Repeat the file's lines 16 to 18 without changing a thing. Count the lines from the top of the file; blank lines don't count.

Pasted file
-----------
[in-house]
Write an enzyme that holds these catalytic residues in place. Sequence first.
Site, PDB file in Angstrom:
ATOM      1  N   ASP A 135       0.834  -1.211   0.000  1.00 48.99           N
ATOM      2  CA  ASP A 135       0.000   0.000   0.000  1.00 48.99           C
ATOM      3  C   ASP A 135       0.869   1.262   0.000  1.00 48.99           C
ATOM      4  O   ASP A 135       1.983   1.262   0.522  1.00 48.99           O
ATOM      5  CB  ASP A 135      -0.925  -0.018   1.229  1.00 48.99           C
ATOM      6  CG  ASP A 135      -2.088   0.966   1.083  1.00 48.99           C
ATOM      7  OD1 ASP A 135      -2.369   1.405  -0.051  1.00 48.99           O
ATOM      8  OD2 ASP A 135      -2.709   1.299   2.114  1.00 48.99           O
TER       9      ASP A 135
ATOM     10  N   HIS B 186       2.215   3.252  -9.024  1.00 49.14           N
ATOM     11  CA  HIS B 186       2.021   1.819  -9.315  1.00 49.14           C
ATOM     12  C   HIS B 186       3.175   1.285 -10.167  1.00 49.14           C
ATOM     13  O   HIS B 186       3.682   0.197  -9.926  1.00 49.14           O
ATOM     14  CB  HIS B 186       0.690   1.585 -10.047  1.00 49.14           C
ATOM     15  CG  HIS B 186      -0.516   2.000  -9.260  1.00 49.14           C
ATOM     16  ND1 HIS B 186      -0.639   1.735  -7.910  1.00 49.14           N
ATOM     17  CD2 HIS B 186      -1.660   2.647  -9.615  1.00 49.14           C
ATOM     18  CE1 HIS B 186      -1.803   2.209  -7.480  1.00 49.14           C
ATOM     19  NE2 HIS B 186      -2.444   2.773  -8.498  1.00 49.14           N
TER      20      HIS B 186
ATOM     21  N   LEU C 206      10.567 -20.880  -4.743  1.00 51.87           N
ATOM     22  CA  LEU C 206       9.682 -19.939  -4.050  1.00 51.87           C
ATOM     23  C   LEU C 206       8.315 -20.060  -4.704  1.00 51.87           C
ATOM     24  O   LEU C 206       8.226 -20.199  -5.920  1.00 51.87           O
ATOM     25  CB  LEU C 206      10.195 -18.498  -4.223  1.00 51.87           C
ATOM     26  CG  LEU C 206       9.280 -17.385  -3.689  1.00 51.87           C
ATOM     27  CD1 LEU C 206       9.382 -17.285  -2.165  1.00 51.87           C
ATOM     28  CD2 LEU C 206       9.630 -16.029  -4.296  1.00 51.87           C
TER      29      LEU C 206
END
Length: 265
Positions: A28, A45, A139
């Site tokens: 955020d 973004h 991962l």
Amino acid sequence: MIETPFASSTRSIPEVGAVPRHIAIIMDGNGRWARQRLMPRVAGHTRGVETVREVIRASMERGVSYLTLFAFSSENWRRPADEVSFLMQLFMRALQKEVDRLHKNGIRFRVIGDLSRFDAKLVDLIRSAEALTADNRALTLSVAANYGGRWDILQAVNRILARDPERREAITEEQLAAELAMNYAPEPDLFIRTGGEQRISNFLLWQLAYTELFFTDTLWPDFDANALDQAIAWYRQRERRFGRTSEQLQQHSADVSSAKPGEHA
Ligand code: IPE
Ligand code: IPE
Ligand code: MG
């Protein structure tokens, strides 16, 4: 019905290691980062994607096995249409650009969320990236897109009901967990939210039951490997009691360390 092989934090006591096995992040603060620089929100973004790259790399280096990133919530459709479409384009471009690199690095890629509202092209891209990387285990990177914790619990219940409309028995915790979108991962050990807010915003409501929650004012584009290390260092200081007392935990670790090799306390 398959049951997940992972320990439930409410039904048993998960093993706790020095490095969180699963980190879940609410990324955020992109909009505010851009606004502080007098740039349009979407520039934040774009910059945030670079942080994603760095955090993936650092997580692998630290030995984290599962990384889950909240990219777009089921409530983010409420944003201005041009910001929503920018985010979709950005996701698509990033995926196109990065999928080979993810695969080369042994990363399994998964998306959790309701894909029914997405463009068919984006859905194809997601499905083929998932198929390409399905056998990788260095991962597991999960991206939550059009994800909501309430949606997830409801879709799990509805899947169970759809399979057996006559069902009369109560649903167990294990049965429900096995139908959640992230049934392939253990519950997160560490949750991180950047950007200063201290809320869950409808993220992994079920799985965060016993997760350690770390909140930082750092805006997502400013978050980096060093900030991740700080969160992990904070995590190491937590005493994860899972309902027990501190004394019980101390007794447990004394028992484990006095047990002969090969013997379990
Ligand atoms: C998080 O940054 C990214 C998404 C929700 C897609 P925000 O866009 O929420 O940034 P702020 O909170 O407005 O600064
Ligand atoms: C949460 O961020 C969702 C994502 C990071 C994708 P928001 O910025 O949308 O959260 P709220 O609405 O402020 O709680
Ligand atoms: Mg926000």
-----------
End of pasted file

ATOM     13  O   HIS B 186       3.682   0.197  -9.926  1.00 49.14           O
ATOM     14  CB  HIS B 186       0.690   1.585 -10.047  1.00 49.14           C
ATOM     15  CG  HIS B 186      -0.516   2.000  -9.260  1.00 49.14           C